Top | Local Flavors
(article, Deborah Madison)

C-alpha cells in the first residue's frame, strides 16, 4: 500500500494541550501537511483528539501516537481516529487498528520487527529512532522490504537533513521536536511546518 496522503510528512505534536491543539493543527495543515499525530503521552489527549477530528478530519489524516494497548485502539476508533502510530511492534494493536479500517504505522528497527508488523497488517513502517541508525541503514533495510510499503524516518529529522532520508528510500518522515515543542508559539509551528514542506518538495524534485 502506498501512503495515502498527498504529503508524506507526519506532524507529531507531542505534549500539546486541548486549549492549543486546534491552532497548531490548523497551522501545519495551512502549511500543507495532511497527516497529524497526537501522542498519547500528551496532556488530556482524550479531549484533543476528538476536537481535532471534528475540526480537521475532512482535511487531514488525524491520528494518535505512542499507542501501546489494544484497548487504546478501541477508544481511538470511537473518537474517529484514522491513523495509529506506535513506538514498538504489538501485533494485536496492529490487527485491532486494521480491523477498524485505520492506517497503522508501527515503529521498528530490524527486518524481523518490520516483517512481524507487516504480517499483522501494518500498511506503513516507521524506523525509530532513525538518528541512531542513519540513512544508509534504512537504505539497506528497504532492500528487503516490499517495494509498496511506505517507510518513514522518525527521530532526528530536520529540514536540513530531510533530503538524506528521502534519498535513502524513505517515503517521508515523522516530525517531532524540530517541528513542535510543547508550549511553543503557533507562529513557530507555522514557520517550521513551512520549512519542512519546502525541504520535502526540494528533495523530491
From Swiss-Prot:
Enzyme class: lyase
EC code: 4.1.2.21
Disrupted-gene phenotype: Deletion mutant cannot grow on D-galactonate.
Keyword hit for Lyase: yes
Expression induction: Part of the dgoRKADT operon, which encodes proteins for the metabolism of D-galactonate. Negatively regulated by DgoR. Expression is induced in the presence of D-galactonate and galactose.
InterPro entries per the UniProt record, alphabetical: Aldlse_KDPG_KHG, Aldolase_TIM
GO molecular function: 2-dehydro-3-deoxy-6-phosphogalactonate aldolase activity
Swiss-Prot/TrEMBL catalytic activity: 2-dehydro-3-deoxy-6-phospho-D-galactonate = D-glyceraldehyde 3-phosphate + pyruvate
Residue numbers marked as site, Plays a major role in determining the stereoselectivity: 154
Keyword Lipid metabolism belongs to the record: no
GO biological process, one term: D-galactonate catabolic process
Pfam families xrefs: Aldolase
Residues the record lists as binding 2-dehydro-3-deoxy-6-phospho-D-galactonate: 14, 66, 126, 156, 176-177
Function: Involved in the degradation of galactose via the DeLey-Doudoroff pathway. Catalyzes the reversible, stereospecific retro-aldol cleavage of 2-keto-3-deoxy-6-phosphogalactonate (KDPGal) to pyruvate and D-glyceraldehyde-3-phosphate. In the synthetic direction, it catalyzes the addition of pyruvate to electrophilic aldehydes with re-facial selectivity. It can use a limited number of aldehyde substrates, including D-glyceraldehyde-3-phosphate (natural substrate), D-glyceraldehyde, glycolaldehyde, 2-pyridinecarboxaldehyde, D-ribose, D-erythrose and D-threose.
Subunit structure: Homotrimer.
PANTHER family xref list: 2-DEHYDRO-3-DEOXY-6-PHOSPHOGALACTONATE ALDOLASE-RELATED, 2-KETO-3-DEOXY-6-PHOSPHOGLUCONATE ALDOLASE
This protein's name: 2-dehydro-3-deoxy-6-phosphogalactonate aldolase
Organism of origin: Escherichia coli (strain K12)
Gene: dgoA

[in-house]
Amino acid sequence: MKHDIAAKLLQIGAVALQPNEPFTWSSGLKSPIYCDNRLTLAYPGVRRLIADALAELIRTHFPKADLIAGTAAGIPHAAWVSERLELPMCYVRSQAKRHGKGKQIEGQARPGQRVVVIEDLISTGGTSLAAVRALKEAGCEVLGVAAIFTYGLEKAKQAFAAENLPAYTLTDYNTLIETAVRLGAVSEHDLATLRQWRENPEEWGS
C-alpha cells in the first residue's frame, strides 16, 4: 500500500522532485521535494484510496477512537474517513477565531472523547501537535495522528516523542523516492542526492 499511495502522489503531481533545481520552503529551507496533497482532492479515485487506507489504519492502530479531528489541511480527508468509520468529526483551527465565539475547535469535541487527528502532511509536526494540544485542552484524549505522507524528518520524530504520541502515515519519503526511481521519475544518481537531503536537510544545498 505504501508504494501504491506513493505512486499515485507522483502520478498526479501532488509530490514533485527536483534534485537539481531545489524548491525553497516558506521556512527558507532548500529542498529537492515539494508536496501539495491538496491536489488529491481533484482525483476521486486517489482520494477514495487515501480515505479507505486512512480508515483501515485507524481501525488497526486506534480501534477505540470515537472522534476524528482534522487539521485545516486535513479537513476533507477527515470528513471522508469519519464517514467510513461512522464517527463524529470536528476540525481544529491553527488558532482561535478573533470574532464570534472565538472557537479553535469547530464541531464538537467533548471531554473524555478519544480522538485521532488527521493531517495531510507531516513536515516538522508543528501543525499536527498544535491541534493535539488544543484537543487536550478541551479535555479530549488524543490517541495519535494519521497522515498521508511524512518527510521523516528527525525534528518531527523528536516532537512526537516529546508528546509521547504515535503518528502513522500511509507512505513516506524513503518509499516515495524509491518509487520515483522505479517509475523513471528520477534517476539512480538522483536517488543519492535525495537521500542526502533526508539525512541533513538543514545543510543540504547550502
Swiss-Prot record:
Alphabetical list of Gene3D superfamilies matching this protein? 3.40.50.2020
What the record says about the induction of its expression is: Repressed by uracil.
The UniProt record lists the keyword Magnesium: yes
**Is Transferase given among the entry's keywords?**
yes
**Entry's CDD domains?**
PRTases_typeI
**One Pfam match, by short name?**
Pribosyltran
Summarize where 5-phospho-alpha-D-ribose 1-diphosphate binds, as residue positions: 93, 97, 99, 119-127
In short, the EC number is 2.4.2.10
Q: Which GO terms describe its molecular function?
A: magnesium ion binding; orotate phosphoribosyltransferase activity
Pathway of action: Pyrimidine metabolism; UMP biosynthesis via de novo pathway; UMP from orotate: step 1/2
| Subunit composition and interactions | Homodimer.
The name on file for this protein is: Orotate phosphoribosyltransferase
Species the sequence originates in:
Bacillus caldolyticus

I buy celery every week. Always have, and probably always will. “But where does it go?” my husband once asked. “I never really see it.” And I realized he was right. It did get used, but how? Certainly not in a way that was front and center. I myself was mystified. But it’s not that mystifying. I use it in mirepoix several times a week, and when I do, I usually snack on a branch or two. The leaves make a special treat for our finches, or they go into salads. There may be one or two gnarly stalks that go into the compost at week’s end, but that’s about it. Celery Victor? I never make it. [%image deborah'ssalad float=right width=300 caption="Celery salad."] You can cook celery — braising is an especially suitable method, and I intend to explore that in depth one day — but with the early-spring weather, I’m in the mood for the crispy crunch of a celery salad, which is good because my lettuces are still in seed form or close to it. There are a great many delicacies popping up in my garden that I’m dying to use, but can do so only in small amounts without depleting them: Lovage leaves. Orach. Tarragon. Carrot tops. Vigorous-looking clumps of parsley. Chives. Mâche. Celery, it turns out, is the perfect foil for these treasures. So celery salad it is, and now I’m buying two bunches a week! I’ve become quite fond of this very quick-to-make, ever-changing salad, and it does make celery a much more visible vegetable. Celery Salad with the First Spring Herbs Vinaigrette 1 shallot, finely diced Zest of 1 Meyer lemon 1 1/2 tablespoons Meyer lemon juice ¼ tsp. salt 1 Tbsp. walnut oil 2 Tbsp. olive oil Salad 3 cups (approximately) thinly sliced celery stalks (peel any rough-looking stalks first) Finely chopped herbs, including the celery leaves, parsley, lovage, carrot tops, and chives Orach sprigs, if you have them ⅓ cup freshly cracked and chopped walnuts Sea salt and freshly ground pepper Several handfuls of mâche Combine the shallot, zest, lemon juice, and salt in a bowl, and let stand 10 minutes. Whisk in the oils. Taste for salt and add more if you wish. Toss the sliced celery with the herbs, walnuts, and a few pinches of sea salt, then with enough of the dressing to moisten well. Taste for salt and season with pepper. Loosely line a bowl with the mâche and add the celery. Spoon a little dressing over the mâche leaves, and toss at the table. You could also include thinly sliced fennel, or finish with hard-cooked eggs, chopped and tossed with the celery, or quartered and served on the side. If mâche isn’t available, choose another green, such as chopped white or pink endive, slivered radicchio, slivered romaine leaves, or frisée. Include boiled, sliced, or diced yellow-fleshed potatoes or celeriac if you like. But hold the mayo! p(bio). Deborah Madison is the author of numerous award-winning cookbooks, including Local Flavors. She lives in New Mexico.